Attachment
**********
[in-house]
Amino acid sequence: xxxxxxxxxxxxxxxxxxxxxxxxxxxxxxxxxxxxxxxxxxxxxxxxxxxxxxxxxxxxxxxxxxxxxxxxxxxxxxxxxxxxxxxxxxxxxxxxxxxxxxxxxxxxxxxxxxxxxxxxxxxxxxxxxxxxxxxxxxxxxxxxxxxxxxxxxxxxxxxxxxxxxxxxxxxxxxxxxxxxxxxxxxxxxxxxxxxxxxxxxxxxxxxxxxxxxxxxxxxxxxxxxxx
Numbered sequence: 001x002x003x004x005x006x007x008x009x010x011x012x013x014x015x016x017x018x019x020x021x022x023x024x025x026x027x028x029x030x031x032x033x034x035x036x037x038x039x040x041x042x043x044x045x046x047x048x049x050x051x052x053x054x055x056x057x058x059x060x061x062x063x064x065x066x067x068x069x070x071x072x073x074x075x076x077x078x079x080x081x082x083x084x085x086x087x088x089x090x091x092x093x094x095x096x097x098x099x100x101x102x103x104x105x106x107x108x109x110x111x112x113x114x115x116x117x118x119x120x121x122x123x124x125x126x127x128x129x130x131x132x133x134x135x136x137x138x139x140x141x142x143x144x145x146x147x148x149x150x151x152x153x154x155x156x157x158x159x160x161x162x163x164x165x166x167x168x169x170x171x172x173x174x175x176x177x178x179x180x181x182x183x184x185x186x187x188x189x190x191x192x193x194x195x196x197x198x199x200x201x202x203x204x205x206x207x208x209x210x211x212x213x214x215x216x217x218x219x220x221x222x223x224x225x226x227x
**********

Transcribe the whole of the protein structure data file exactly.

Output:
[in-house]
Amino acid sequence: xxxxxxxxxxxxxxxxxxxxxxxxxxxxxxxxxxxxxxxxxxxxxxxxxxxxxxxxxxxxxxxxxxxxxxxxxxxxxxxxxxxxxxxxxxxxxxxxxxxxxxxxxxxxxxxxxxxxxxxxxxxxxxxxxxxxxxxxxxxxxxxxxxxxxxxxxxxxxxxxxxxxxxxxxxxxxxxxxxxxxxxxxxxxxxxxxxxxxxxxxxxxxxxxxxxxxxxxxxxxxxxxxxx
Numbered sequence: 001x002x003x004x005x006x007x008x009x010x011x012x013x014x015x016x017x018x019x020x021x022x023x024x025x026x027x028x029x030x031x032x033x034x035x036x037x038x039x040x041x042x043x044x045x046x047x048x049x050x051x052x053x054x055x056x057x058x059x060x061x062x063x064x065x066x067x068x069x070x071x072x073x074x075x076x077x078x079x080x081x082x083x084x085x086x087x088x089x090x091x092x093x094x095x096x097x098x099x100x101x102x103x104x105x106x107x108x109x110x111x112x113x114x115x116x117x118x119x120x121x122x123x124x125x126x127x128x129x130x131x132x133x134x135x136x137x138x139x140x141x142x143x144x145x146x147x148x149x150x151x152x153x154x155x156x157x158x159x160x161x162x163x164x165x166x167x168x169x170x171x172x173x174x175x176x177x178x179x180x181x182x183x184x185x186x187x188x189x190x191x192x193x194x195x196x197x198x199x200x201x202x203x204x205x206x207x208x209x210x211x212x213x214x215x216x217x218x219x220x221x222x223x224x225x226x227x